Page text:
Overnight Energy: House passes bill to prohibit mining near Grand Canyon| Union says EPA refuses to renegotiate contract | Climate protesters occupy Pelosi's office over California fires

Overnight Energy: House passes bill to prohibit mining near Grand Canyon| Union says EPA refuses to renegotiate contract | Climate protesters occupy Pelosi's office over California fires

A GRAND EFFORT: The House passed legislation Wednesday that would ban mining near the Grand Canyon, a move designed to counter any efforts by the Trump administration to bolster the uranium industry by mining on federal lands.

The bill, which passed 236-185, would make permanent a mining moratorium on more than 1 million acres in northern Arizona surrounding the iconic national park.

Democrats see the bill as a vital step toward protecting sensitive habitat near the Grand Canyon from the "imminent threat" of mining. But Republicans argued the bill would stifle economic opportunities for the rural areas of the state.

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Rep. Raúl Grijalva (D-Ariz.), chairman of the House Natural Resources Committee and author of the legislation, said plans to jumpstart mining in the area are "not theoretical and not trivial."

"These critical protections are under threat from the Trump administration under the guise of energy dominance and fabricated arguments of national security they've continued to push for these lands to be opened to exploitation on behalf of a few wealthy mining interests," he said Tuesday during House floor debate.

What's next? Grijalva's bill does not have companion legislation in the Senate, and the White House issued a veto threat, saying the administration opposes "such a large, permanent withdrawal, which would prohibit environmentally responsible development."

The vote on the bill, the Grand Canyon Centennial Act, comes as a White House working group organized to examine uranium supplies is considering recommending invoking a Cold War-era law that mandates the federal government buy uranium for enrichment for national security purposes.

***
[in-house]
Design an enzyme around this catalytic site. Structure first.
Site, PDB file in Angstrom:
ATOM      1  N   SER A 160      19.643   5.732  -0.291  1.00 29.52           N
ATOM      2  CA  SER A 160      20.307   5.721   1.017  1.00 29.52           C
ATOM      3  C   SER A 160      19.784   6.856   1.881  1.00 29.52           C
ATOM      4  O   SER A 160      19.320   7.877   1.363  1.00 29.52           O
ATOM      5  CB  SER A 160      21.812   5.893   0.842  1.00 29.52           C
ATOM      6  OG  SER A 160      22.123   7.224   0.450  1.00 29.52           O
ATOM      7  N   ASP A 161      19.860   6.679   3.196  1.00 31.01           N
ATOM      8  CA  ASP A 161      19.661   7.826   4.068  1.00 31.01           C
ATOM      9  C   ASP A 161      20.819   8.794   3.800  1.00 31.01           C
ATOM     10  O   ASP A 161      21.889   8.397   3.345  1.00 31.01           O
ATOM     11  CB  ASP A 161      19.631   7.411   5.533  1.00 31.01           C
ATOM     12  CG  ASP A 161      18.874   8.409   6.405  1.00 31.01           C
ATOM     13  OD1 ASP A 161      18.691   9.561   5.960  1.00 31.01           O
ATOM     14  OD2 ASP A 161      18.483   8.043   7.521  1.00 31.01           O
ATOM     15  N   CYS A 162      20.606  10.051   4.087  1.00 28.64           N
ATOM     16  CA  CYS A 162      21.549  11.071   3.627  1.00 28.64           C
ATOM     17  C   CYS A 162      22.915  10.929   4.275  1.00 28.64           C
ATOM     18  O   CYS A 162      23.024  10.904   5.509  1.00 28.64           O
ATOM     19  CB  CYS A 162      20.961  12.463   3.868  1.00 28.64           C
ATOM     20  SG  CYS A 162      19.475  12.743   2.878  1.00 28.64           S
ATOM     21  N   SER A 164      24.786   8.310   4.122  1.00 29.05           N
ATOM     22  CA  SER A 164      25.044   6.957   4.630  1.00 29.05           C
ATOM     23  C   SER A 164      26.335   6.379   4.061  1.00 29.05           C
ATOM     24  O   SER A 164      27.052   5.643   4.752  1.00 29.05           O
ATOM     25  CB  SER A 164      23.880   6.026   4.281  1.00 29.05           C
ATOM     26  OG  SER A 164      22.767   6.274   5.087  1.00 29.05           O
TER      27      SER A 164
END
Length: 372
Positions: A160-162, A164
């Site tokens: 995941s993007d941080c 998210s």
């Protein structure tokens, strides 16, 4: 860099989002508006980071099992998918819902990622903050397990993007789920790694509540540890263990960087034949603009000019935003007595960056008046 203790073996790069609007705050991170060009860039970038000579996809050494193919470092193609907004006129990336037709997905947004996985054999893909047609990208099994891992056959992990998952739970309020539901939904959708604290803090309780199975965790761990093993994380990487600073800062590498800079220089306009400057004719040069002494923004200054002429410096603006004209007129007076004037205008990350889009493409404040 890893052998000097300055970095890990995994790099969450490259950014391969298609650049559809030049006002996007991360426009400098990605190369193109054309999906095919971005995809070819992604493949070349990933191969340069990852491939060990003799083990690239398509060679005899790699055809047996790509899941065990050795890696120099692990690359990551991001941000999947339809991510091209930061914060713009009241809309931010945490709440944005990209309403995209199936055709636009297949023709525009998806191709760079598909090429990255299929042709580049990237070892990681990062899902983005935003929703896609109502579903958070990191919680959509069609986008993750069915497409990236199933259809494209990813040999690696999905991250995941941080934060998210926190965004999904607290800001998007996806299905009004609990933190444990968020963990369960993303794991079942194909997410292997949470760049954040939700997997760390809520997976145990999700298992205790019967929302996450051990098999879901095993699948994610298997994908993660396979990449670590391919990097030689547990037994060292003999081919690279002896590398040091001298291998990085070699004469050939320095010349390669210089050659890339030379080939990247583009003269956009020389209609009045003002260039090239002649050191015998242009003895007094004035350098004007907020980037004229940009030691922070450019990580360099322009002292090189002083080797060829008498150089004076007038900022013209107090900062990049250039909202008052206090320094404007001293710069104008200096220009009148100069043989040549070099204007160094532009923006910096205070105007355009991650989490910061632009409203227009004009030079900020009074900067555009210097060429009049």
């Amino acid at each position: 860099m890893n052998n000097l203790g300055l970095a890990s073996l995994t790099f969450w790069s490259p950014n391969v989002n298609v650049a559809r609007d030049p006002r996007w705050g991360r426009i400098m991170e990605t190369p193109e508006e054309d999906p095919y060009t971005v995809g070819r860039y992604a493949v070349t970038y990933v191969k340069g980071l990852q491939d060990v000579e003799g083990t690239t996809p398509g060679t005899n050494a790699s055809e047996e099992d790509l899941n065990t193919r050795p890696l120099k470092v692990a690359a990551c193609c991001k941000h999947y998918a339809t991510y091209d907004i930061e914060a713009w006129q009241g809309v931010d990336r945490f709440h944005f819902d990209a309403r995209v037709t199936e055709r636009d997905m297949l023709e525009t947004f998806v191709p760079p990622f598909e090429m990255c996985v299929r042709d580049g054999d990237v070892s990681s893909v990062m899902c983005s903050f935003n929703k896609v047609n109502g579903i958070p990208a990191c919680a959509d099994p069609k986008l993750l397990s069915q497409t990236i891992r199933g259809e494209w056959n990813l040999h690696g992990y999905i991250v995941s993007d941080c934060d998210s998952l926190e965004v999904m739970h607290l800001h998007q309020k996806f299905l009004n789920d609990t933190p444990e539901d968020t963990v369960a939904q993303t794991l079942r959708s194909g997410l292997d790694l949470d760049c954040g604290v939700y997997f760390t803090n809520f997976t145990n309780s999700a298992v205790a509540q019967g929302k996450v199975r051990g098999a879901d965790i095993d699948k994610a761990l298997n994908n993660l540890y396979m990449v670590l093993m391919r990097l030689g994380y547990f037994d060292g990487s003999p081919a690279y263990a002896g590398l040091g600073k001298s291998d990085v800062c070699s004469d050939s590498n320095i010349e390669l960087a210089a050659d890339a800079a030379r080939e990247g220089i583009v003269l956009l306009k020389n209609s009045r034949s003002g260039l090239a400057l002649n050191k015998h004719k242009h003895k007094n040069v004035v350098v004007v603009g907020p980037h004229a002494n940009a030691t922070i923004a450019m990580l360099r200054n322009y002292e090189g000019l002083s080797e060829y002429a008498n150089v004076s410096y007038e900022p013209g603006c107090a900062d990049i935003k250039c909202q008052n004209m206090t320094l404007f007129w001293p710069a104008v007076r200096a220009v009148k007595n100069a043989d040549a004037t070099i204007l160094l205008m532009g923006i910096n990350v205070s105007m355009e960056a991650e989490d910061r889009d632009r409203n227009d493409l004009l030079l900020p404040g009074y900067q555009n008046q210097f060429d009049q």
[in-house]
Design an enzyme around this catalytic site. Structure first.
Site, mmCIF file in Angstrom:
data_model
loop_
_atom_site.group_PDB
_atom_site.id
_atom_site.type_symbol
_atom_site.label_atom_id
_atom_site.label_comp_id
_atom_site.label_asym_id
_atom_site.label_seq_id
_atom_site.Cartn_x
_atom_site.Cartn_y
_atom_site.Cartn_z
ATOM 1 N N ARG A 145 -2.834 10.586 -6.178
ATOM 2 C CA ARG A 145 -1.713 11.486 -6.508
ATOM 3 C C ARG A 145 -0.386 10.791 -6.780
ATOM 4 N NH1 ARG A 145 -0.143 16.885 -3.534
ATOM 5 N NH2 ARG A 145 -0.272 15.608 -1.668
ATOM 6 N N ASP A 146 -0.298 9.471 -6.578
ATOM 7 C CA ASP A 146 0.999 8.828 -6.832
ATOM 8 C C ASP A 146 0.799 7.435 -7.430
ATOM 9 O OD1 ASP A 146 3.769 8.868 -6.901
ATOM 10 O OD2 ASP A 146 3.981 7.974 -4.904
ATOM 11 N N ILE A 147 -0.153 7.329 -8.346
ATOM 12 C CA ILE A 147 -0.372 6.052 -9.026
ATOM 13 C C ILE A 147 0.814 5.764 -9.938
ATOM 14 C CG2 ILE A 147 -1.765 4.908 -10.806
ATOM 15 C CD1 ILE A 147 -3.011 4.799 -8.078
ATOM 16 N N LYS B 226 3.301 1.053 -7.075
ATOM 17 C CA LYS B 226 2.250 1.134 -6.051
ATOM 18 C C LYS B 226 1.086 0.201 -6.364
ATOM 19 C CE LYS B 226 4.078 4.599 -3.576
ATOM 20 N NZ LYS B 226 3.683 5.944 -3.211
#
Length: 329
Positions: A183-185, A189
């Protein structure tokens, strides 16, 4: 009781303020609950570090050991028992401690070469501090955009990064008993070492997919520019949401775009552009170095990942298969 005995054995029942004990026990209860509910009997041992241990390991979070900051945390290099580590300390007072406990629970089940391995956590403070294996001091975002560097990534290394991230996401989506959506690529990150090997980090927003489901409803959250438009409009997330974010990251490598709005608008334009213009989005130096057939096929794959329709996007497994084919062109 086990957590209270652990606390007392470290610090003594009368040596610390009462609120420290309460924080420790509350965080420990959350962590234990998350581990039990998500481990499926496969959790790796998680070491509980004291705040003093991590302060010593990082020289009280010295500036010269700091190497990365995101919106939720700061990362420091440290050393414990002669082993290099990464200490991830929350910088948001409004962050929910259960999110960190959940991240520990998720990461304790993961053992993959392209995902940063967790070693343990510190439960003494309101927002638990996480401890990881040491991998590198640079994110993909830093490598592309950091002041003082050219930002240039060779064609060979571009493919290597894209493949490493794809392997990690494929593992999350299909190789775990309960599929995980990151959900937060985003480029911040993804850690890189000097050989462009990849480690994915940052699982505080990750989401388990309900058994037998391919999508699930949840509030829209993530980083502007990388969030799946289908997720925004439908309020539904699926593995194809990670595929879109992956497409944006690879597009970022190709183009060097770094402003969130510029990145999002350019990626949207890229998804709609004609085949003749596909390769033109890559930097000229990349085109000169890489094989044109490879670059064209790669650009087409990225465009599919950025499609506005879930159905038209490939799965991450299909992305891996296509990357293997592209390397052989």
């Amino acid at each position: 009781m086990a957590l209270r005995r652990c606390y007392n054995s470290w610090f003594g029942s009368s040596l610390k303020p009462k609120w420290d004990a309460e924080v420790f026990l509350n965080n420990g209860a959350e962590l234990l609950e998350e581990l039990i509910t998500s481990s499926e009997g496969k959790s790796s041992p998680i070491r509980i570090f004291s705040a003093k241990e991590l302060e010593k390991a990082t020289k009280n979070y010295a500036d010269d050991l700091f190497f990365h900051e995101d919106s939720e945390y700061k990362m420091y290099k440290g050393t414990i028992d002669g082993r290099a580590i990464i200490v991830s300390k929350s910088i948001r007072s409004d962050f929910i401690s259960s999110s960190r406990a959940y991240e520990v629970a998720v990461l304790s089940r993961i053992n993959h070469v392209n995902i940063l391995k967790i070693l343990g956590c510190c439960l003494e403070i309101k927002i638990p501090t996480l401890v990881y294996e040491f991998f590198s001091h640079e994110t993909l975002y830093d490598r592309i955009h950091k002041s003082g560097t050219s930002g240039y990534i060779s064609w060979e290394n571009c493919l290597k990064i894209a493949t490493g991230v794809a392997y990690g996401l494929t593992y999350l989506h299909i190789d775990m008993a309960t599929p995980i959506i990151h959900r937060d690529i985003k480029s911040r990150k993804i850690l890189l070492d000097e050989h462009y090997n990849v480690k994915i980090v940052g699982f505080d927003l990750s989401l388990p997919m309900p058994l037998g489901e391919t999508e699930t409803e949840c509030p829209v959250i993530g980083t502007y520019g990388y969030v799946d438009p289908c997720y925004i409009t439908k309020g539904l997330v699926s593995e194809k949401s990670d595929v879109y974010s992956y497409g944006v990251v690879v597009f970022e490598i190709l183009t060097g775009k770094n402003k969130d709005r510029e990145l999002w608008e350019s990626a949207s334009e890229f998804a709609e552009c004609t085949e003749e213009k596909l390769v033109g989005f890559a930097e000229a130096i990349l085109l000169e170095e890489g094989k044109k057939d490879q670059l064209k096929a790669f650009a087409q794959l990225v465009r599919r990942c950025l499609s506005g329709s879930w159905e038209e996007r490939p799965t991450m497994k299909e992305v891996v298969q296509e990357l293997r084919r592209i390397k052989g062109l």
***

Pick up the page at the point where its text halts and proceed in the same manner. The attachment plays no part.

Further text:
Their recommendations, expected next month, could prompt the White House to lift a 20-year mining moratorium from 2012 that protected nearly 1,562 square miles outside the boundaries of the Grand Canyon.

Democrats have argued the U.S. does not need to tap into U.S. uranium reserves since many imports of the mineral come from allies like Canada and Australia.

"National security experts said this fear mongering about supplies is based on fantasy," Grijalva said Tuesday. "We shouldn't be mining for uranium around the Grand Canyon. Period."

Republicans argued that Democrats have been exaggerating the risks to the Grand Canyon.

Rep. Bruce WestermanBruce Eugene WestermanOvernight Energy: House passes bill to prohibit mining near Grand Canyon| Union says EPA refuses to renegotiate contract | Climate protesters occupy Pelosi's office over California fires House passes bill to prohibit mining near Grand Canyon Trump administration to repeal waterway protections MORE (R-Ark.) said much of the land that would be protected isn't close to the park.

Read more on the vote here

 

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EPA UNION CONTRACT UPDATE: Union leaders say the Environmental Protection Agency (EPA) is refusing to go back to the bargaining table with employees after a federal union regulator said the agency may have violated the law by imposing its latest contract on workers.

In June, the EPA rolled back the union protections offered to its employees, informing them in an email that it would implement a new contract that remains unsigned by the union itself -- a move the American Federation of Government Employees (AFGE) has been fighting all summer.

AFGE argued it was illegal to "impose" a contract.

This week the Federal Labor Relations Authority (FLRA) sided with the union, which had filed an unfair labor practices charge arguing the EPA violated the law, a claim FLRA said had merit.

"We now have a third party backing up what we're saying, that their conduct violated the law," said Cathie McQuiston, deputy general counsel for AFGE, which represents 8,000 EPA employees.

The authority proposed a settlement agreement that would require the EPA abide by a 2007 union contract while agreeing to go back to the bargaining table to negotiate a new deal.